Video

Video AIDS Conference Welcomes Exciting Developments in HIV Treatment, Prevention

Significant strides have been made in recent years toward the treatment and prevention of HIV, the virus that causes AIDS. This year, at the International AIDS Conference, the AIDS community welcomed progress on a new pill that may prevent transmission of the deadly virus. VOA’s Anita Powell reports from Melbourne, Australia.
Video

Video Israel Targets Gaza Supply Tunnels

The Israeli military has launched a ground operation in Gaza to destroy the myriad tunnels that may have been used to smuggle weapons to Hamas. VOA's Zlatica Hoke reports that could mean more hardship for the people of Gaza, who obtain some of their essential supplies through these underground passages
Video

Video Researchers Target Low-Cost Avatar Technology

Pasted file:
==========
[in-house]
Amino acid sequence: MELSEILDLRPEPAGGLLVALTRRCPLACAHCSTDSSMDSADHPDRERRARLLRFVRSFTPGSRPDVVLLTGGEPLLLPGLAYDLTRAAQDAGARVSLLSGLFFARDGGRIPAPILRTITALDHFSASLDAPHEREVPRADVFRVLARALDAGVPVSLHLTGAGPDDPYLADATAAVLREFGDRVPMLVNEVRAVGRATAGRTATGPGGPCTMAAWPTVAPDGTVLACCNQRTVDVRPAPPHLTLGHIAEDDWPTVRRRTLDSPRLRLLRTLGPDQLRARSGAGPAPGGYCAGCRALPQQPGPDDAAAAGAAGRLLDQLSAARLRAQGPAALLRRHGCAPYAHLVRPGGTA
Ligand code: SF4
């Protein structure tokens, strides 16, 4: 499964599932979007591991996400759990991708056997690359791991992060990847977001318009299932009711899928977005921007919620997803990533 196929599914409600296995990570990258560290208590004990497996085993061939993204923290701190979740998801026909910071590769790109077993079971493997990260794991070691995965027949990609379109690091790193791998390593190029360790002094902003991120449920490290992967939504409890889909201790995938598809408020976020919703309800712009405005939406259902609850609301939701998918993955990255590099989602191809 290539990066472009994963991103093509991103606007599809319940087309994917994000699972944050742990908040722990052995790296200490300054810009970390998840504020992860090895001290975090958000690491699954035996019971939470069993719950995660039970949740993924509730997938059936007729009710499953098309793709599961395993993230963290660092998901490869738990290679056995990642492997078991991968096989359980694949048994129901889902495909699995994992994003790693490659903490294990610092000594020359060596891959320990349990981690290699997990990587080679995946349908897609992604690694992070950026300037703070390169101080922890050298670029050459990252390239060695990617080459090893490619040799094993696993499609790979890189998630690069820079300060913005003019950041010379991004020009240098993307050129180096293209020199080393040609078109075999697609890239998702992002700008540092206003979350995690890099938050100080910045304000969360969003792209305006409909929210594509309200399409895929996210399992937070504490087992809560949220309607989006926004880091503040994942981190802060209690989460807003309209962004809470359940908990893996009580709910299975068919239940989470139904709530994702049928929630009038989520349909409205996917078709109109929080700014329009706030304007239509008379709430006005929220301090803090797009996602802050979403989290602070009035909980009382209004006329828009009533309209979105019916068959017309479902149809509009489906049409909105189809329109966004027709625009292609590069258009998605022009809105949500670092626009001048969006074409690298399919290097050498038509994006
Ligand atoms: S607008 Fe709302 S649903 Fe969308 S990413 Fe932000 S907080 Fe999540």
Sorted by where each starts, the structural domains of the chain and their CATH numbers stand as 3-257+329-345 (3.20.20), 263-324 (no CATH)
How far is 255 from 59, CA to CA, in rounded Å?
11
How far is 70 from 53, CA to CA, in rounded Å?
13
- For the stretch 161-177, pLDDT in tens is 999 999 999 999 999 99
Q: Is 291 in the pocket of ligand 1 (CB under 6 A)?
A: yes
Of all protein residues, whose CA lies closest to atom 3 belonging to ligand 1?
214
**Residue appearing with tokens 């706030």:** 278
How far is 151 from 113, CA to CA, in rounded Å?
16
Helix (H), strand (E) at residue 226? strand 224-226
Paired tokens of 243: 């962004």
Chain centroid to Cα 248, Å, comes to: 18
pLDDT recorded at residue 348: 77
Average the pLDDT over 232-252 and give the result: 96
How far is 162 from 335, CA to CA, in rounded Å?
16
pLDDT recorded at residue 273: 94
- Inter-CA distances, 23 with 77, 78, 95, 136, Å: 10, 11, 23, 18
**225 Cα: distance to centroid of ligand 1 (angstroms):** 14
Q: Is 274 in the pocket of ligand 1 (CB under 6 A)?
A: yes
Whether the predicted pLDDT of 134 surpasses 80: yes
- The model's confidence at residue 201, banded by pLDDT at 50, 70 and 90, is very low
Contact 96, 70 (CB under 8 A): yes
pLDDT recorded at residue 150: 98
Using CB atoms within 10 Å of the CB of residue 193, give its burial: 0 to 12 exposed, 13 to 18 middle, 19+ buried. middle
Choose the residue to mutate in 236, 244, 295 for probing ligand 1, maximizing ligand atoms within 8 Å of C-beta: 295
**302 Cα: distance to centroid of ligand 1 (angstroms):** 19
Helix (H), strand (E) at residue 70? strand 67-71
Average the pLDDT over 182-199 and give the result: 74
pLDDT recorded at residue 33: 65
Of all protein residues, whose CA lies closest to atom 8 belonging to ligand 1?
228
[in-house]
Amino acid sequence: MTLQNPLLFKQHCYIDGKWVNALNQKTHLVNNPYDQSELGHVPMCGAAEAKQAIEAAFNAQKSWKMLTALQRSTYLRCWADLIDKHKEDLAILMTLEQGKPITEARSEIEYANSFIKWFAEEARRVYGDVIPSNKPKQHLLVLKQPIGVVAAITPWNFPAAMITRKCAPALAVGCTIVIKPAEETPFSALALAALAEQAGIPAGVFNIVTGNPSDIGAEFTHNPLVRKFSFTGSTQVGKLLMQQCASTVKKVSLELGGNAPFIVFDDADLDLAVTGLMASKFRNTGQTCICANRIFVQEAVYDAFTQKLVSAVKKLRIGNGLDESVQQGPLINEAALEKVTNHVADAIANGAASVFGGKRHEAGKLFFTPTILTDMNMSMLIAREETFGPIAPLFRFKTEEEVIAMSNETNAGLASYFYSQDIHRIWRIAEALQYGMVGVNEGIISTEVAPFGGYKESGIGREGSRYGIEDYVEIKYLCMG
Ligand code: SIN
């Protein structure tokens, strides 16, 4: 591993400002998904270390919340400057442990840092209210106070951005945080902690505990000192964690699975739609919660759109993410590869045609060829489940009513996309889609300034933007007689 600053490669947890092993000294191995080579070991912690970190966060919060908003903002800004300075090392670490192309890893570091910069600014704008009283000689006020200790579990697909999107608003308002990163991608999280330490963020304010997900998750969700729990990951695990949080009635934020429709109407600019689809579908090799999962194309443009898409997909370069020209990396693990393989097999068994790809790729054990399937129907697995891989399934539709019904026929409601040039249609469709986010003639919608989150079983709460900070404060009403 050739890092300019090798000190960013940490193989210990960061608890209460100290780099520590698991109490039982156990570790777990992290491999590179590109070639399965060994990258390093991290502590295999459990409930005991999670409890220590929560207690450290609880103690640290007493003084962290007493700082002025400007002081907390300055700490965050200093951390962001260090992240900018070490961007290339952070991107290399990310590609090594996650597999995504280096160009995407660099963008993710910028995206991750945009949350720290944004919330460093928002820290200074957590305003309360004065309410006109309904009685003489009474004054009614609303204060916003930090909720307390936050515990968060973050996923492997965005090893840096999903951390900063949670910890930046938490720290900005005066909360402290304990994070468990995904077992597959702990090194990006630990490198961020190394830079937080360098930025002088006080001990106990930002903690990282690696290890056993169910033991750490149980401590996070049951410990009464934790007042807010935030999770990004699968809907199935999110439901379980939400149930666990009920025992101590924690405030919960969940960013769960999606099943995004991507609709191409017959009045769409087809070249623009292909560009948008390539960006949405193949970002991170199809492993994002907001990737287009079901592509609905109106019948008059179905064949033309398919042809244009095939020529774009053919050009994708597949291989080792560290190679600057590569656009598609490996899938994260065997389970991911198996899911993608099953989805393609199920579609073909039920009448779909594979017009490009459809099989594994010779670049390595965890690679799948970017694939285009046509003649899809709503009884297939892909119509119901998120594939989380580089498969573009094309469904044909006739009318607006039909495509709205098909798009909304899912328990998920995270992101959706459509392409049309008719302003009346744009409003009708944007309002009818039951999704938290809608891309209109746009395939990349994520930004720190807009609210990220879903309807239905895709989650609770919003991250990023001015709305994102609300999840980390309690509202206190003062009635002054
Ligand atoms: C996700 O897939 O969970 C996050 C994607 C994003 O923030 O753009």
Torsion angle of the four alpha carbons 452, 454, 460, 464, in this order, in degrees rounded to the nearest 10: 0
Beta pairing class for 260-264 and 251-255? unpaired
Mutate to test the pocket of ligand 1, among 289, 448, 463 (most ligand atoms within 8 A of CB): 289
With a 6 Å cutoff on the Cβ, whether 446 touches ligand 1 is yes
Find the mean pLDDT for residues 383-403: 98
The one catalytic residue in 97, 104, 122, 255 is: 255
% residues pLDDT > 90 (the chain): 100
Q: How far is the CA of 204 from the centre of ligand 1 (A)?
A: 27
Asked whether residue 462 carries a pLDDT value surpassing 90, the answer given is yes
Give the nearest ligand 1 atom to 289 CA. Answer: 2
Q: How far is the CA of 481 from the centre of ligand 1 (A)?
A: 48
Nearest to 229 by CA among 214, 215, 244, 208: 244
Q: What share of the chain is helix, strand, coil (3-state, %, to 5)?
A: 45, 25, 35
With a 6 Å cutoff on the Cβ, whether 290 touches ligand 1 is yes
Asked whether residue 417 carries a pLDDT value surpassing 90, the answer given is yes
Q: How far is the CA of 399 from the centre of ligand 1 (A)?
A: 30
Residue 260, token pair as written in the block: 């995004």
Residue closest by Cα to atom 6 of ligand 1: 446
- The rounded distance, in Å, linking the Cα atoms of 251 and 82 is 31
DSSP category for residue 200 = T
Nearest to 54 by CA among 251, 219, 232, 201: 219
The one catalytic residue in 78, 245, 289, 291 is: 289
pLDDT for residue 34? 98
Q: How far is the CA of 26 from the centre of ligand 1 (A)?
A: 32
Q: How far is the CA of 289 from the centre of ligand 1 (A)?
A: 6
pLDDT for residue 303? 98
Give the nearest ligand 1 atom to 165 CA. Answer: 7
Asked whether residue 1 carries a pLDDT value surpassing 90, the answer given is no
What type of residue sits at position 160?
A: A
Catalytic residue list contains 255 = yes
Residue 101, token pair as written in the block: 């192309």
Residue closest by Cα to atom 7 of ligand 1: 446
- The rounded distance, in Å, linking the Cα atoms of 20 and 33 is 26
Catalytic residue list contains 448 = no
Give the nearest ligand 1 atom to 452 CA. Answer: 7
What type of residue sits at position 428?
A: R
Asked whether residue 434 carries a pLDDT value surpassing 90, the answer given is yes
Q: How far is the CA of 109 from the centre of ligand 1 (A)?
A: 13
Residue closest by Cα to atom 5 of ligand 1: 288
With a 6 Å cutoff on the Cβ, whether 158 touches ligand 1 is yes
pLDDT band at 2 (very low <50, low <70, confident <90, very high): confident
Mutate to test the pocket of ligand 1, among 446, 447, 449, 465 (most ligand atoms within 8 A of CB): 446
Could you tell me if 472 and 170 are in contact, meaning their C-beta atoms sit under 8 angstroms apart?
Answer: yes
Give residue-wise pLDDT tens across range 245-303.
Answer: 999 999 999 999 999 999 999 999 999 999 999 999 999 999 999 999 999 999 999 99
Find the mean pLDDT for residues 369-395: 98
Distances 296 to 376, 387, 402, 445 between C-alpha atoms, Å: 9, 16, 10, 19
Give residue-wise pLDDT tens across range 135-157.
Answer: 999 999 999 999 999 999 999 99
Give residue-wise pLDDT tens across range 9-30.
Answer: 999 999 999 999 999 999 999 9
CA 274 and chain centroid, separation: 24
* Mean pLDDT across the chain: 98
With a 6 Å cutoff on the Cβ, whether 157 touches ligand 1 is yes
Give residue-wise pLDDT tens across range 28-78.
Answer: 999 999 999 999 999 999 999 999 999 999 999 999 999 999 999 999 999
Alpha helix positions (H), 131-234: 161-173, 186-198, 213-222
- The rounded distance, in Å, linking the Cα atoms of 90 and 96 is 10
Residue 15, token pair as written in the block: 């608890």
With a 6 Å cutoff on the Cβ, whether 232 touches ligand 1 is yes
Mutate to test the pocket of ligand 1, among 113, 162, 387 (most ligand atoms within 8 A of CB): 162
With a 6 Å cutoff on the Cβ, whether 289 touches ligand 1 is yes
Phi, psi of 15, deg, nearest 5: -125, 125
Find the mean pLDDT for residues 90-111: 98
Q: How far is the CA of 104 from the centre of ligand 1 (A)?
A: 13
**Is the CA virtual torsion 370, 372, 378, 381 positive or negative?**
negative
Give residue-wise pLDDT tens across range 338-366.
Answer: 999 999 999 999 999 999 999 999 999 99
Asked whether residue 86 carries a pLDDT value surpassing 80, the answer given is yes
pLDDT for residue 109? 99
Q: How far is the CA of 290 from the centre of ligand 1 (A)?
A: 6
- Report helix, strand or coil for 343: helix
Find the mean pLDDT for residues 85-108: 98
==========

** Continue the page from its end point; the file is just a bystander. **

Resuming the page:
Scientists at the University of Southern California Institute for Creative Technologies say 3-dimensional representations could revolutionize social media. Elizabeth Lee has more from Los Angeles.
Video

Video IAEA: Iran Turns its Enriched Uranium Into Less Harmful Form

Iran has converted its stockpiles of enriched uranium into a less dangerous form that is more difficult to use for nuclear weapons, according to the United Nations’ Atomic Energy Agency. The move complies with an interim deal reached with Western powers on Iran's nuclear program last year, in exchange for easing of sanctions. Henry Ridgwell reports for VOA from London.
Video

Video In Cambodia, HIV Diagnosis Brings Deadly Shame

Although HIV/AIDS is now a treatable condition, a positive diagnosis is still a life altering experience. In Cambodia, people living with HIV are often disowned by friends, family and the community. This humiliation can be unbearable. We bring you one Cambodian woman’s struggle to overcome a life tragedy and her own HIV positive diagnosis.

AppleAndroid